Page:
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Thursday, October 18, 2012 at 7:30 p.m. in Mathers Theatre
The Insubstantial Pageant: Writing for Performance
Margaret Edson will discuss her perspective that we are born ready to talk and listen, but it takes years to learn to read and write. What is gained and lost when the redolent swirl of human experience is consigned to the abstract, linear, preterite alphabetic code? And what ironies await when the freeze-dried code is reconstituted as live performance?
Margaret Edson was born in Washington, DC in 1961. Between earning degrees in history and literature, she worked on the cancer and AIDS inpatient unit of a major research hospital. Wit was written in 1991, widely rejected, first produced in 1995, and awarded the Pulitzer Prize for Drama in 1999. The HBO production won the Emmy Award for Best Film in 2001. Wit has received hundreds of productions in dozens of languages and was presented on Broadway in 2012. The script is used in classes ranging from AP English to medical ethics. Ms. Edson has been a classroom teacher for twenty years. She currently teaches sixth-grade social studies. She lives in Atlanta with her partner, art historian Linda Merrill, and their two sons.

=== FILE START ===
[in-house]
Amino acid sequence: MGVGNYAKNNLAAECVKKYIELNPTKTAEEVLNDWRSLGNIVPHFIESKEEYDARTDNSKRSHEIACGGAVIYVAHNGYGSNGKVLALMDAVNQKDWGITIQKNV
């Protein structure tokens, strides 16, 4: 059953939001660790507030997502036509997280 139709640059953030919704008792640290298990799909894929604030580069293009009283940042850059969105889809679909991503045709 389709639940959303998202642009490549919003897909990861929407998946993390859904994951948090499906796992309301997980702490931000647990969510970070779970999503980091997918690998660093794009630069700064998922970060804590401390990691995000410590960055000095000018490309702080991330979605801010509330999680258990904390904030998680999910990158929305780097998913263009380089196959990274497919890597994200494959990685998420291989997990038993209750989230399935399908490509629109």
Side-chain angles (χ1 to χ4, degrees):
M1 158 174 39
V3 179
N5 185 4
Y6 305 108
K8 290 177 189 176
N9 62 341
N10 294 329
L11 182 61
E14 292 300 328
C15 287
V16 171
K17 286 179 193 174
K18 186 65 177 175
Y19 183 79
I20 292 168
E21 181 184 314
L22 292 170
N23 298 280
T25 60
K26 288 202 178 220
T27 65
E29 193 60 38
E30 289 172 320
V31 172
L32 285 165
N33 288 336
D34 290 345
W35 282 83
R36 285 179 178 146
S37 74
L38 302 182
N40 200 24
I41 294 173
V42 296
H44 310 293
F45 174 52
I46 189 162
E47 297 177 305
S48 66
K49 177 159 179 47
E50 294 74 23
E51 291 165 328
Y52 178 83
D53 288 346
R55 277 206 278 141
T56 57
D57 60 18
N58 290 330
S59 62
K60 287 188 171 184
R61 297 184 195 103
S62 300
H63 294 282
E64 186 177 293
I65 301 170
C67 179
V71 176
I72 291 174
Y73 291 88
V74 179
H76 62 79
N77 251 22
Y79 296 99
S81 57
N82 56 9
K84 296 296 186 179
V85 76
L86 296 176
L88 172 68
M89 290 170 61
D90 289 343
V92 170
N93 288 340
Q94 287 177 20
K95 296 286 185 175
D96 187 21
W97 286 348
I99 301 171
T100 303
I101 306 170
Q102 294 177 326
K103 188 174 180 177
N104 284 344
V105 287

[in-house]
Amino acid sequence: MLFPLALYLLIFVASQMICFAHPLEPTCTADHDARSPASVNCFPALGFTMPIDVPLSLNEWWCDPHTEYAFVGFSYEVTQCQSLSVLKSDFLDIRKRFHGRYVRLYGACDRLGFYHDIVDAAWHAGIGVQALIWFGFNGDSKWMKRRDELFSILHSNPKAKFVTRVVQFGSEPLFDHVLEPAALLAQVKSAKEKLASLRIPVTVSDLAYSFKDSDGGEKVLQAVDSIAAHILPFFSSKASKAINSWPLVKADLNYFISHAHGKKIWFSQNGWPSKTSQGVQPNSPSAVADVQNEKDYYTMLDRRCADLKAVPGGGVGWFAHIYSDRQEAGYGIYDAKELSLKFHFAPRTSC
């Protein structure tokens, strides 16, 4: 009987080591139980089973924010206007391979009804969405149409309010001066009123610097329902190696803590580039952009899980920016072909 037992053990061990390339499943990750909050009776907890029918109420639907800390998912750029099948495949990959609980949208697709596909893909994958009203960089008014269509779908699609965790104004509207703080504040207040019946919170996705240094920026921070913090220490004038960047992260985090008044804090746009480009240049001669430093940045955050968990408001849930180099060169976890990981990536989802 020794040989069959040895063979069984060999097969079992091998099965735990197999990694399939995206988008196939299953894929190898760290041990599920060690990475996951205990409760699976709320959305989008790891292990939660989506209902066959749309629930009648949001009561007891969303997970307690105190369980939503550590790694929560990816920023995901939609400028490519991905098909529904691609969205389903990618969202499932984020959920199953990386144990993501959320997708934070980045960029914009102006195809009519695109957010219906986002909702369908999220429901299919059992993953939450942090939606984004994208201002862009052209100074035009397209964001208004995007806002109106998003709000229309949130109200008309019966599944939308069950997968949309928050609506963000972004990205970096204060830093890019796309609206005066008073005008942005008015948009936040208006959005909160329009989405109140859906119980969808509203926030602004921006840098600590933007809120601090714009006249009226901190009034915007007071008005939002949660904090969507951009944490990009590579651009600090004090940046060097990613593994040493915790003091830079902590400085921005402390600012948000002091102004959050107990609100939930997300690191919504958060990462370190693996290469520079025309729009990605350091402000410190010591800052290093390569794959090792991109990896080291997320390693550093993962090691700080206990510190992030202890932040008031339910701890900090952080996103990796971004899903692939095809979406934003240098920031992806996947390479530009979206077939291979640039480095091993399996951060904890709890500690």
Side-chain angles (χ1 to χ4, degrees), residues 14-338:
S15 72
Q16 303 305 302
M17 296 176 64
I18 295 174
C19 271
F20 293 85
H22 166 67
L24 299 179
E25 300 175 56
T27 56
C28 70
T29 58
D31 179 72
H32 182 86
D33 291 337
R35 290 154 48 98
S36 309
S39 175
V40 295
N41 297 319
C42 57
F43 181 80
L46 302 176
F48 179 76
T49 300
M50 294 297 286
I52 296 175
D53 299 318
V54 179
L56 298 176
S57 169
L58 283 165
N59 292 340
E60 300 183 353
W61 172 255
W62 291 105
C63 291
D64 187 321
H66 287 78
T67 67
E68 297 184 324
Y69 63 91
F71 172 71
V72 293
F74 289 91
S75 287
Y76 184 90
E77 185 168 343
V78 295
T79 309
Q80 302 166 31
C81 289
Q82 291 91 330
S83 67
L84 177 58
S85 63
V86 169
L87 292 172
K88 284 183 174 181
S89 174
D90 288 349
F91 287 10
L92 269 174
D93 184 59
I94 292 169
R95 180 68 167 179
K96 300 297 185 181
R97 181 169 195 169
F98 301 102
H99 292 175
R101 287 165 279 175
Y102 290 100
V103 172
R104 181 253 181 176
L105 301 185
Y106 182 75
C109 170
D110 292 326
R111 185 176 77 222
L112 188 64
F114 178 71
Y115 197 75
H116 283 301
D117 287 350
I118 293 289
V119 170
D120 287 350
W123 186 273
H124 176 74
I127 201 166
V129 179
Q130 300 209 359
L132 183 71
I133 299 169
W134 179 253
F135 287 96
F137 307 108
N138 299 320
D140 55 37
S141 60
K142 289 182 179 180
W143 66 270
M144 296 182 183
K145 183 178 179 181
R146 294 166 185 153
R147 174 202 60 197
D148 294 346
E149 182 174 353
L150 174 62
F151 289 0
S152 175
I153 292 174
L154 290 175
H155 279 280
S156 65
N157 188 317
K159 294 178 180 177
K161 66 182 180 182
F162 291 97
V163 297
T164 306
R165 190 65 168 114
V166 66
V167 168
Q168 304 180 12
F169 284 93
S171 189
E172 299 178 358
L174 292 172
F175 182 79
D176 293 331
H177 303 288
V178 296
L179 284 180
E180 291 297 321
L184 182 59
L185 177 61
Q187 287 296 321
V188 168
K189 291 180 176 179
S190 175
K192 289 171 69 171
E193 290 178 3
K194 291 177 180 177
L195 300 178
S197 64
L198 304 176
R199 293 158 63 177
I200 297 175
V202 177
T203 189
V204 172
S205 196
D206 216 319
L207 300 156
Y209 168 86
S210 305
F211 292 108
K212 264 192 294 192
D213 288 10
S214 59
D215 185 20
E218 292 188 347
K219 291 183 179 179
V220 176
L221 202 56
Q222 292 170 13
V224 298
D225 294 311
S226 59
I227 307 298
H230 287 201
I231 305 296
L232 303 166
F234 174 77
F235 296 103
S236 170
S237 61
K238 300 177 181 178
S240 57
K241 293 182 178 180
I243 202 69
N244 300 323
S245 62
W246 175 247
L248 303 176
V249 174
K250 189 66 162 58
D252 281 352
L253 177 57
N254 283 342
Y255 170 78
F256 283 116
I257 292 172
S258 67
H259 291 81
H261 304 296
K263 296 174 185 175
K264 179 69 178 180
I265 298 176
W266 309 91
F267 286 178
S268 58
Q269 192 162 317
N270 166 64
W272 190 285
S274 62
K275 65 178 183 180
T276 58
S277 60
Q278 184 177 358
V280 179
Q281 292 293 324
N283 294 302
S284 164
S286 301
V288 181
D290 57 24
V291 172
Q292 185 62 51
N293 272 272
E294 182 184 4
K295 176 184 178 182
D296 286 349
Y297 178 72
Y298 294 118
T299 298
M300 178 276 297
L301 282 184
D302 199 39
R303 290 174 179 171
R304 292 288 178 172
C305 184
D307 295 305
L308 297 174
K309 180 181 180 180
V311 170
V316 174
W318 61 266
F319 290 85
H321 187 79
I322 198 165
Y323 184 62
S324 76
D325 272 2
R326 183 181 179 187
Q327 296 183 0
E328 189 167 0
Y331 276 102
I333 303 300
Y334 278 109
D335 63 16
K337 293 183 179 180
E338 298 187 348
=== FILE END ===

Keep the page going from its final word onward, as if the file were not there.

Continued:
This event is sponsored by the Clarke Forum for Contemporary Issues and
co-sponsored by the Norman M. Eberly Writing Center and the Departments
of English, American Studies and Theatre & Dance.